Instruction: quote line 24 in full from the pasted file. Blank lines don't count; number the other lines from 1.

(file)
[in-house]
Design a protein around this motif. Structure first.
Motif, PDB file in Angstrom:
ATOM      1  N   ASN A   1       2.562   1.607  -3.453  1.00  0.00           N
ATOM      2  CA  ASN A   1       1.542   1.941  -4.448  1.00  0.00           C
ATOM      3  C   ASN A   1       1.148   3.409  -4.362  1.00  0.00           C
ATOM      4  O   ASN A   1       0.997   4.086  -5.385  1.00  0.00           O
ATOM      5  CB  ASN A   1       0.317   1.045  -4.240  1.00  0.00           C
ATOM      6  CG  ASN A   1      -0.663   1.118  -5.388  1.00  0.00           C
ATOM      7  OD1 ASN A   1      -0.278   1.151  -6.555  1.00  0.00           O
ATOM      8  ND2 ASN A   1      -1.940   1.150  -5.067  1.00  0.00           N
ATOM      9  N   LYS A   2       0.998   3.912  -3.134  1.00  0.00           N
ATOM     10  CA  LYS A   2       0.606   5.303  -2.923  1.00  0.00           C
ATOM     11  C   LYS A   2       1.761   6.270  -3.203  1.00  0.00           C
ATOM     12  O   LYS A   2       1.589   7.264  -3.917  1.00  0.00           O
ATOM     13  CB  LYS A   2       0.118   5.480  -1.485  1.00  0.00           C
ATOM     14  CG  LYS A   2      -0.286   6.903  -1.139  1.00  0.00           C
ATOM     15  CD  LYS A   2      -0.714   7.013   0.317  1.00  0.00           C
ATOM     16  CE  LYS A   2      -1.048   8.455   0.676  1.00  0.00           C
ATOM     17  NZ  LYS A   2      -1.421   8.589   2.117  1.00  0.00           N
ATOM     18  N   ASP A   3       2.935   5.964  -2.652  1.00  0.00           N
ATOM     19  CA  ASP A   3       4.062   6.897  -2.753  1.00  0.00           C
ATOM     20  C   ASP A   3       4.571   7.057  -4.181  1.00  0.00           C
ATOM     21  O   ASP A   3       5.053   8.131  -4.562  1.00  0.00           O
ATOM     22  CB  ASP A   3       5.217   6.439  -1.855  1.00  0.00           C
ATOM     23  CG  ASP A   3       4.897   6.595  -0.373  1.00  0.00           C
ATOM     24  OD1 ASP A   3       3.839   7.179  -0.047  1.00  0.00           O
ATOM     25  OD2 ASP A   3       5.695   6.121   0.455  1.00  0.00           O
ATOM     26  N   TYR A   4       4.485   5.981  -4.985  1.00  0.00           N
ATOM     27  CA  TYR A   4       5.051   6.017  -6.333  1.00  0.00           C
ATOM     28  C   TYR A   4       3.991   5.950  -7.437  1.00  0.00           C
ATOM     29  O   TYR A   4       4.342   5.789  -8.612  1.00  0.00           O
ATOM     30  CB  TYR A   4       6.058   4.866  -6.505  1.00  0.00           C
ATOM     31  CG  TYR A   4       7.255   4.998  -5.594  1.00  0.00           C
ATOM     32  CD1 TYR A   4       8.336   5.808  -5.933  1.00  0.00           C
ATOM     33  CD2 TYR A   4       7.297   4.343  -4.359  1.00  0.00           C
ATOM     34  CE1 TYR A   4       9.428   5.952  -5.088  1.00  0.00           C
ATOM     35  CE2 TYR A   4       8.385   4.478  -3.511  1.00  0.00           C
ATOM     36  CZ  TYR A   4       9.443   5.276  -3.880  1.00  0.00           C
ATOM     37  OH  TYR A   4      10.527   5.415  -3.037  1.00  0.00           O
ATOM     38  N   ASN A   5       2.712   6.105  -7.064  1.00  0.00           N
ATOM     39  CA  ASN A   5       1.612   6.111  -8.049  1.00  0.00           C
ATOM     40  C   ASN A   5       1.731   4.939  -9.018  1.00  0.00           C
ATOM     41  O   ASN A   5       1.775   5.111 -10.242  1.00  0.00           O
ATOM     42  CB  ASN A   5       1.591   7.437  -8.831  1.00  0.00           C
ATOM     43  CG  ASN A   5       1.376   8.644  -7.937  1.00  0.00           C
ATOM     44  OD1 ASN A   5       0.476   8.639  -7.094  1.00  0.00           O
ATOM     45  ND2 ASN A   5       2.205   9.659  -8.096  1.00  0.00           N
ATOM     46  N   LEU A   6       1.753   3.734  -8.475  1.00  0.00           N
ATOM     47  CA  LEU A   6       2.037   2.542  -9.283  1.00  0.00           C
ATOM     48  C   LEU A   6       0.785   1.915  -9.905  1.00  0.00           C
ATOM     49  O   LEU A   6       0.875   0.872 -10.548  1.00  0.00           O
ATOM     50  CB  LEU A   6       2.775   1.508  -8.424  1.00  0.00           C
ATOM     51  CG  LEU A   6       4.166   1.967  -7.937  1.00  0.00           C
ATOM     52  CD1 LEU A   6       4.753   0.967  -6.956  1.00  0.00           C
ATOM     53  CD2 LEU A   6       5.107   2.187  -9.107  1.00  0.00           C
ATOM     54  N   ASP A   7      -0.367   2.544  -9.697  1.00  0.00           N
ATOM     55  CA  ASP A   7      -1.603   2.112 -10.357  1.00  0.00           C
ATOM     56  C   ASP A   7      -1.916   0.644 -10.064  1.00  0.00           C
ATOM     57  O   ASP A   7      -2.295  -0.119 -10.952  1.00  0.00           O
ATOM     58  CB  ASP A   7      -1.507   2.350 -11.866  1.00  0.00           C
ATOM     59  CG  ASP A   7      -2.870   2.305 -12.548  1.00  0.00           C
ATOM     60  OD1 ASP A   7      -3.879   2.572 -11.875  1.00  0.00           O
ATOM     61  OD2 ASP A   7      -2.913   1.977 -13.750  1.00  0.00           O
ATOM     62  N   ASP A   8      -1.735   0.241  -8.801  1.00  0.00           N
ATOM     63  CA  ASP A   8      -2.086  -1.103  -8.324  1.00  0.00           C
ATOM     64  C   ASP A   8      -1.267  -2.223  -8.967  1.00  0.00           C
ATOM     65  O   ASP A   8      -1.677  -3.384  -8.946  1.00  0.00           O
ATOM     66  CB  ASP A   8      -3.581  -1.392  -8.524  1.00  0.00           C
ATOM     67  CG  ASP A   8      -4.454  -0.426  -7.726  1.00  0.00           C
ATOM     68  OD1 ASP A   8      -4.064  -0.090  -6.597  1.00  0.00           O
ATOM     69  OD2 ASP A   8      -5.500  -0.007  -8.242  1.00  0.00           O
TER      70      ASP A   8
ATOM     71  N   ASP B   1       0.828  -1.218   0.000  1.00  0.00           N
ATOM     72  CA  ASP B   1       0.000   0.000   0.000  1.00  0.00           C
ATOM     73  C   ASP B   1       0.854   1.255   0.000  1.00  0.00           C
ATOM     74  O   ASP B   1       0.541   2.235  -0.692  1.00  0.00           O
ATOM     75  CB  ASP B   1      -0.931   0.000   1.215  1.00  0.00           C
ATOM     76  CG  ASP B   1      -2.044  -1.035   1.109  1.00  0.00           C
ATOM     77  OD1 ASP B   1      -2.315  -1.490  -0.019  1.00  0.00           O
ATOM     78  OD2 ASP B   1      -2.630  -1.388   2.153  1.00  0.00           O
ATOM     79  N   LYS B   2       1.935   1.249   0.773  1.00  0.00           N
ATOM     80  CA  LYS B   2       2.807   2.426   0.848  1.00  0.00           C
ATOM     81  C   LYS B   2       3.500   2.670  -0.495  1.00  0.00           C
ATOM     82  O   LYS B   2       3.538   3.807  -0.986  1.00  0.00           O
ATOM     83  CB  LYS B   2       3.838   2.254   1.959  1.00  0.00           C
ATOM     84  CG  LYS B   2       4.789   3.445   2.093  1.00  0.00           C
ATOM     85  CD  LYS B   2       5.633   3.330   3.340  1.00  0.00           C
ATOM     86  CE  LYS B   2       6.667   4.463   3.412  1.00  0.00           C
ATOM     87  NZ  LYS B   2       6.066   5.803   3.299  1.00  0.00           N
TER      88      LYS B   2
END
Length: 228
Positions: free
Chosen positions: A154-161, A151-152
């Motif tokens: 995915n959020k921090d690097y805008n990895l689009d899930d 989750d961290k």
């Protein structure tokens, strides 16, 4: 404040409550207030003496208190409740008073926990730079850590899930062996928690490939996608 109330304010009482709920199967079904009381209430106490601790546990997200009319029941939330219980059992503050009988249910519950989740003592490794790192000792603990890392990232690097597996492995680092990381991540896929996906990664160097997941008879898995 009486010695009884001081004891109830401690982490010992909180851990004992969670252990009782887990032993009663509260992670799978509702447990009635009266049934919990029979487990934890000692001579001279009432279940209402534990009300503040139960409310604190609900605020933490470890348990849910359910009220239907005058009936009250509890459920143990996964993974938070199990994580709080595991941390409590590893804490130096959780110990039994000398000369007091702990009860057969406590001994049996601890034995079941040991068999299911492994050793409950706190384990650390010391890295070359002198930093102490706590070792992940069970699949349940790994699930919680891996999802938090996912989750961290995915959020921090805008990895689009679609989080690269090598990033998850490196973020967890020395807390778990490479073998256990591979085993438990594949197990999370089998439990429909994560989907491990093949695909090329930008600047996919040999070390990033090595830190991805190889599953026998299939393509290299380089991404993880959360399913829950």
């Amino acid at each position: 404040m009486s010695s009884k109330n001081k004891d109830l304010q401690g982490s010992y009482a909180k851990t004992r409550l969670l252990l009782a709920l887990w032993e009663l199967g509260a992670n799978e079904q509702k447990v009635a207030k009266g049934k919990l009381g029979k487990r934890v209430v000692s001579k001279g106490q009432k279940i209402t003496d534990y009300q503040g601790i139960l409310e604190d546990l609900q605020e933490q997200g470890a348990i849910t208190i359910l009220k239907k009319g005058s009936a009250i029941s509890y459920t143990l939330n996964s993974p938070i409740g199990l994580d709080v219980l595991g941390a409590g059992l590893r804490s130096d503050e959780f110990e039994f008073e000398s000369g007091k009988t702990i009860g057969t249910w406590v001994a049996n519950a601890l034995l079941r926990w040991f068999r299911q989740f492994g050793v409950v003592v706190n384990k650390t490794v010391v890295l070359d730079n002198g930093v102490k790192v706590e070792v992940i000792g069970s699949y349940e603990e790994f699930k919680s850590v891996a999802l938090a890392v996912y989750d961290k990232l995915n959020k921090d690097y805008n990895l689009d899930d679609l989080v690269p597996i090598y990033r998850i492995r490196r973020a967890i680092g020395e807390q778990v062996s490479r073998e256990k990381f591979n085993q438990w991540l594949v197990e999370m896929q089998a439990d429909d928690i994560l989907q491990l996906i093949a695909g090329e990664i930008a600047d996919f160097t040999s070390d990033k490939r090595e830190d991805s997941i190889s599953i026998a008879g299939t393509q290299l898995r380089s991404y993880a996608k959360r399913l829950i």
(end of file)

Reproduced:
ATOM     21  O   ASP A   3       5.053   8.131  -4.562  1.00  0.00           O